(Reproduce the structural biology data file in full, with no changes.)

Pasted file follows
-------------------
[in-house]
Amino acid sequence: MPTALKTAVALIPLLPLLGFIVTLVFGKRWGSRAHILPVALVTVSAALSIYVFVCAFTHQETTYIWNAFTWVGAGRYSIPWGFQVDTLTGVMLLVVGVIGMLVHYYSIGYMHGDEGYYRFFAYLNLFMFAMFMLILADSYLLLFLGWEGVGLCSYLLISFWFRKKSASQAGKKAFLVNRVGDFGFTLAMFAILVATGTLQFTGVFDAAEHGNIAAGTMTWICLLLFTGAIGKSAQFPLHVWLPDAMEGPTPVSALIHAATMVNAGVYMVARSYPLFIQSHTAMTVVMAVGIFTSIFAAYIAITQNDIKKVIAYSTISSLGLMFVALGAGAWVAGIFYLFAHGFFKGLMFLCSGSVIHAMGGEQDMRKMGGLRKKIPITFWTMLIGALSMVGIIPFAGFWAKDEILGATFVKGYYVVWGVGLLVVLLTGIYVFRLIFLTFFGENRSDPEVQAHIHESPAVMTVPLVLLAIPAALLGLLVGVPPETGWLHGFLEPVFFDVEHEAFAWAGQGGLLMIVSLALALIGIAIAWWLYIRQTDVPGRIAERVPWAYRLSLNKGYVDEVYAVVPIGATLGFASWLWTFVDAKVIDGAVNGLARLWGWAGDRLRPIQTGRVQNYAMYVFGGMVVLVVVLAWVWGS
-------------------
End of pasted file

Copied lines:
[in-house]
Amino acid sequence: MPTALKTAVALIPLLPLLGFIVTLVFGKRWGSRAHILPVALVTVSAALSIYVFVCAFTHQETTYIWNAFTWVGAGRYSIPWGFQVDTLTGVMLLVVGVIGMLVHYYSIGYMHGDEGYYRFFAYLNLFMFAMFMLILADSYLLLFLGWEGVGLCSYLLISFWFRKKSASQAGKKAFLVNRVGDFGFTLAMFAILVATGTLQFTGVFDAAEHGNIAAGTMTWICLLLFTGAIGKSAQFPLHVWLPDAMEGPTPVSALIHAATMVNAGVYMVARSYPLFIQSHTAMTVVMAVGIFTSIFAAYIAITQNDIKKVIAYSTISSLGLMFVALGAGAWVAGIFYLFAHGFFKGLMFLCSGSVIHAMGGEQDMRKMGGLRKKIPITFWTMLIGALSMVGIIPFAGFWAKDEILGATFVKGYYVVWGVGLLVVLLTGIYVFRLIFLTFFGENRSDPEVQAHIHESPAVMTVPLVLLAIPAALLGLLVGVPPETGWLHGFLEPVFFDVEHEAFAWAGQGGLLMIVSLALALIGIAIAWWLYIRQTDVPGRIAERVPWAYRLSLNKGYVDEVYAVVPIGATLGFASWLWTFVDAKVIDGAVNGLARLWGWAGDRLRPIQTGRVQNYAMYVFGGMVVLVVVLAWVWGS